Bill Reitter, president, American Humanists for Peace

Peter Rogatz , M.D., physician-executive

David Rush, MD, professor of nutrition, community health, & pediatrics (emeritus), Tufts University

Kathy Ryan, Human Rights Advocate

Melissa Sandefur, social scientist

David Schafer, president, HUUmanists Association (Unitarian Universalist Humanists)

Patricia Schroeder, Former Member of House of Representatives

John Silva, Writer, entrepreneur, veteran, Humanist Chaplaincy at Harvard University

Elliott Sober, Hans Reichenbach Professor of Philosophy, University of Wisconsin

Andrea Steele, executive director, Freethought Film Festival Foundation

Gary A. Stilwel, Ph.D., scientific computing consultant

Jerome Stone, professor emeritus, William Rainey Harper College

Cary E. Stronach, Ph.D., professor emeritus of physics, Virginia State University

John Sutter, President, Democratic World Federalists

Robert B. Tapp, professor emeritus, University of Minnesota

Lionel Tiger, professor of Anthropology, Rutgers University

Toni Van Pelt, public policy activist

Erich Vieth, founder: Dangerous Intersection

Cookie Washburn, landscaping professional

Eric Adair Whitney, U.S.C.G. Retired

Carol Wintermute, Co-Dean, The Humanist Institute

Robert Wyffels





Mona Abousenna, professor emeritus of English, Ain Shams University, Egypt

Mario Mendez Acosta, science writer, Mexico City, Mexico

Pieter V. Admiraal, M.D.,Ph.D., retired anesthesiologist, Netherlands

Floris van den Berg, philosopher, Utrecht University, Netherlands

Alejandro J. Borgo, Journalist, Writer, Buenos Aires, Argentina

Peter Bowditch, Teacher, author and journalist

Dr. Alexandre Brassard, Toronto, Canada

Henri Broch, Professor, Laboratoire de Zététique, Université de Nice-Sophia Antipolis

Mario Augusto Bunge Ph.D., Professor of Philosophy, McGill University in Montréal, Canada

J. Beth Ciesielski, Fundatia Centrul pentru Constiinta Critica, Bucharest, Romania

Bill Cooke, Former President, Association of Rationalists and Humanists, New Zealand

Christopher diCarlo, Associate Academic Professor of Philosophy of Science and Ethics, University of Ontario Institute of Technology, Canada

Tim Dean, science writer, philosopher, University of New South Wales, Australia

Captain Paul Drouin, MM MNI, Lac-Beauport, Quebec, Canada

Hugo Daniel Estrella, Founder, Argentine Humanist Association, Professor, Pisa University, Italy

Stephanie Louise Fisher, PhD Student, Nottingham University, United Kingdom

Professor Christopher C. French, Goldsmiths, University of London, UK

Cristian Fofirca, Romania

Bert Gasenbeek, University for Humanistics, Utrecht, the Netherlands

Reynir Hardarson, Chairman of Vantru (atheist association)

Jan J. Hodes, Teacher of history and optician, Zutphen, the Netherlands

Leo Igwe, Founder, Nigerian Humanist Movement

Valerii Kuvakin, Professor of Philosophy, Moscow State University

Suresh Lalvani, Chartered Company Secretary, London, UK

Stephen Law, Senior Lecturer in Philosophy, Heythrop College, University of London, UK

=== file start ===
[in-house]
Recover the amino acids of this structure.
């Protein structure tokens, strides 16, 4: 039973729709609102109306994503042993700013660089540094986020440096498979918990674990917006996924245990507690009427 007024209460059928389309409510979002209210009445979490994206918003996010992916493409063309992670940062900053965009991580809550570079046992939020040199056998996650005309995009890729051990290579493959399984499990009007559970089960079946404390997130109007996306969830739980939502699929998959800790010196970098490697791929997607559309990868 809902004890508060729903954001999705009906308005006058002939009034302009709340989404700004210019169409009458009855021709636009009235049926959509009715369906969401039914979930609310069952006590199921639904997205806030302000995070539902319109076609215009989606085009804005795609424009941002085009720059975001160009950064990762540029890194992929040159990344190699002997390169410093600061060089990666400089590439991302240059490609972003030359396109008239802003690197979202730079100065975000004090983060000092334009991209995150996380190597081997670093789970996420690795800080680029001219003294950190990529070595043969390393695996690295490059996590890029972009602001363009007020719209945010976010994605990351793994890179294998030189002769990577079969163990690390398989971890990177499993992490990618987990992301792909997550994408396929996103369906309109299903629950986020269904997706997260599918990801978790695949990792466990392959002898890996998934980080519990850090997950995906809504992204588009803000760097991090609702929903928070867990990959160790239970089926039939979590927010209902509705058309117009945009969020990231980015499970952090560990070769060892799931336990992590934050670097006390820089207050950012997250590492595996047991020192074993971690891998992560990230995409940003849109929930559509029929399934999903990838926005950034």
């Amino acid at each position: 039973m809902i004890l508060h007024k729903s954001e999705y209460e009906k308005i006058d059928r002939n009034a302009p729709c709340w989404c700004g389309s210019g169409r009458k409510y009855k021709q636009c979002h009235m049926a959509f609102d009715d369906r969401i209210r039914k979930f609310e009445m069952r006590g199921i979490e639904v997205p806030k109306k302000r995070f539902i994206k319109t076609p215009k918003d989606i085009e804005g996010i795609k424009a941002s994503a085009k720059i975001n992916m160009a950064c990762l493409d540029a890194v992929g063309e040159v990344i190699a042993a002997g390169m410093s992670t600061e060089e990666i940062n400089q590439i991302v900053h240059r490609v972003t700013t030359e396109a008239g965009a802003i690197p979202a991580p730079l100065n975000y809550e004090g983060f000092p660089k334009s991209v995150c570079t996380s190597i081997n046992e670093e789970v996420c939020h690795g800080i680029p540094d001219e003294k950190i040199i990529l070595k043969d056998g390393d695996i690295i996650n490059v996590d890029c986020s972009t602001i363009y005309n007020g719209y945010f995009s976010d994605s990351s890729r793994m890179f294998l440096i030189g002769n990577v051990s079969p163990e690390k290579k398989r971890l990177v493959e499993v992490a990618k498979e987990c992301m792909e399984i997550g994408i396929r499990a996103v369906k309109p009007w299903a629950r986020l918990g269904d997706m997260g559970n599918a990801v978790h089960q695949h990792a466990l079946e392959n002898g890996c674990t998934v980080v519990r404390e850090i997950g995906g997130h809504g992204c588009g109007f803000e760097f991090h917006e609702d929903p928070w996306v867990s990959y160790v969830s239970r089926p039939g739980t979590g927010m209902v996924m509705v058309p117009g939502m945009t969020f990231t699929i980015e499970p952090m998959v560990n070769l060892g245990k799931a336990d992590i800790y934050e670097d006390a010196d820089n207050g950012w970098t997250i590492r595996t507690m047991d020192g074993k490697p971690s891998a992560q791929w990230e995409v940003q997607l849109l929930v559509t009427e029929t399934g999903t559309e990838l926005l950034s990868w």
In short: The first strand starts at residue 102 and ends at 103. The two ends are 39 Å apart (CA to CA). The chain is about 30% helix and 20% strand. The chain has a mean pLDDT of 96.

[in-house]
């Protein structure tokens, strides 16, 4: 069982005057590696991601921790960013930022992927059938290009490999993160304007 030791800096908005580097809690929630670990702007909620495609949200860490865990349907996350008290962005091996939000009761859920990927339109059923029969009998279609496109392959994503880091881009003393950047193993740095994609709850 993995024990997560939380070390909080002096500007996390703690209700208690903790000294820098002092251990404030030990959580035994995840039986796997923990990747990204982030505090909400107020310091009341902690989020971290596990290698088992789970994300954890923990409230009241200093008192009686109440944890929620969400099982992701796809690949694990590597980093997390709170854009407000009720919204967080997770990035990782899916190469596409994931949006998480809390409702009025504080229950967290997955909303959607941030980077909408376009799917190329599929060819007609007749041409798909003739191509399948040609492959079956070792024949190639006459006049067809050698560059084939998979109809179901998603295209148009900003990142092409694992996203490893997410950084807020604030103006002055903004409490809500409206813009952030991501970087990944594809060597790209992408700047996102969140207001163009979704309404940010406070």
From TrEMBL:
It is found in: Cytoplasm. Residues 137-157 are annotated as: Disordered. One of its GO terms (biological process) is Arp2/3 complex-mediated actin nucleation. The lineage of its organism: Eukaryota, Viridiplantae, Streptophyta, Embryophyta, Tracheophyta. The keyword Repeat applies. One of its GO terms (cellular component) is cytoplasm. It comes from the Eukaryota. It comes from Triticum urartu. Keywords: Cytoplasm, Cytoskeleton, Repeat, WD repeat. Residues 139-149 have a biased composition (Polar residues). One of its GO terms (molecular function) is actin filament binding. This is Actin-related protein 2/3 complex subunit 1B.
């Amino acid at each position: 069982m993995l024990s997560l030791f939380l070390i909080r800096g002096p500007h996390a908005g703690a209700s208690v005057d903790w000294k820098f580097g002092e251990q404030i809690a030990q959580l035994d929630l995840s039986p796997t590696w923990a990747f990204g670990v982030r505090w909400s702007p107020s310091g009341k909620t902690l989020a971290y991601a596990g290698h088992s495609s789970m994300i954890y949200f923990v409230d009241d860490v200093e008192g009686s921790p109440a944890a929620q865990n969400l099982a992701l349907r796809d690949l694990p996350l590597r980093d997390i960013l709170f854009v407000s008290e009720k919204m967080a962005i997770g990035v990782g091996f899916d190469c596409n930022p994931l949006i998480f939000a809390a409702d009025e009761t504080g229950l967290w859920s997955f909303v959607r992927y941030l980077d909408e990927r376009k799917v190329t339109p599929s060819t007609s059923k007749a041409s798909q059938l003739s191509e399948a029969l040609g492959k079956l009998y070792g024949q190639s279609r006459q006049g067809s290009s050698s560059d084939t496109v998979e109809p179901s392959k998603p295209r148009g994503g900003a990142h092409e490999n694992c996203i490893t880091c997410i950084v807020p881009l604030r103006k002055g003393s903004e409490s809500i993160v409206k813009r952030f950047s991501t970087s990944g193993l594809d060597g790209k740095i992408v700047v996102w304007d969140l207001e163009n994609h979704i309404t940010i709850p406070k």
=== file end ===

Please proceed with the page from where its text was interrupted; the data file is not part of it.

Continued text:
Dr. Gerd Lüdemann, Professor of History and Literature of Early Christianity, University of Göttingen, Germany

Manuel A. Paz-y-Mino, President, International Institute of Applied Philosophy, Peru

Radmila Nakarada, Professor and Director of Peace Studies, Faculty of Political Science, Belgrade, Serbia

Vir Narain, Air Marshal ,Indian Air Force (retd), Indian Humanist Unio

Innaiah Narisetti, author and journalist, professor, Hydrabad University, India

Jean-Claude Pecker, Astronomy, Professeur honoraire au Collège de France

Amanda W. Peet, Associate Professor of Physics, University of Toronto, Canada

Elliot Polak, founder and CEO Textappeal, UK

Alexander Razin, professor of philosophy, University of Moscow, Russia

Argelia Tejada Segor, Dominican Social Scientist, researcher, Activist and Author

Wole Soyinls, Ph.D, Nobel Laureate in literature

George Thindwa, Economist, Executive Director of Association for Secular Humanism, Malawi, Africa

Dr. Sureyya Tuncel, Family Physician, Stavanger, Norway

Udo Schuklenk, Ph.D., Professor of Philosophy and Ontario Research Chair in Bioethics
Jens Skou, Nobel Laureate, Professor Emeritus biophysics, University of Aarhus, Denmark

Barbara Stanosz, retired professor of philosophy, Warsaw University, Poland

Svetozar Stojanovic, professor, University of Belgrade, Serbia

Dr. Rodrigue Tremblay, Ph.D. Emeritus Professor, University of Montreal

Mourad Wahba, founder, Afro-Asian Philosophy Association, Egypt

Jaakko Wallenius, Editor, Writer, Lohja, Findland

Rationalist Association of India



(Other names are being added)

If you agree with the main principles of the Neo-Humanist Statement please add your name and your profession or institution. (Institutions are for identification only.)

Please email your agreement to:




Copyright © 2010 Paul Kurtz. Permission is granted for this material to be shared for noncommercial, educational purposes, provided that this notice appears on the reproduced materials, the full authoritative version is retained, and copies are not altered. To disseminate otherwise or to publish requires written permission from Paul Kurtz.



Louise Antony to deliver 2011 Paul Kurtz Lecture




January 23 – 24, 2012

Paris, France

Paul's speech


A Statement of Principles






© Institute for Science and Human Values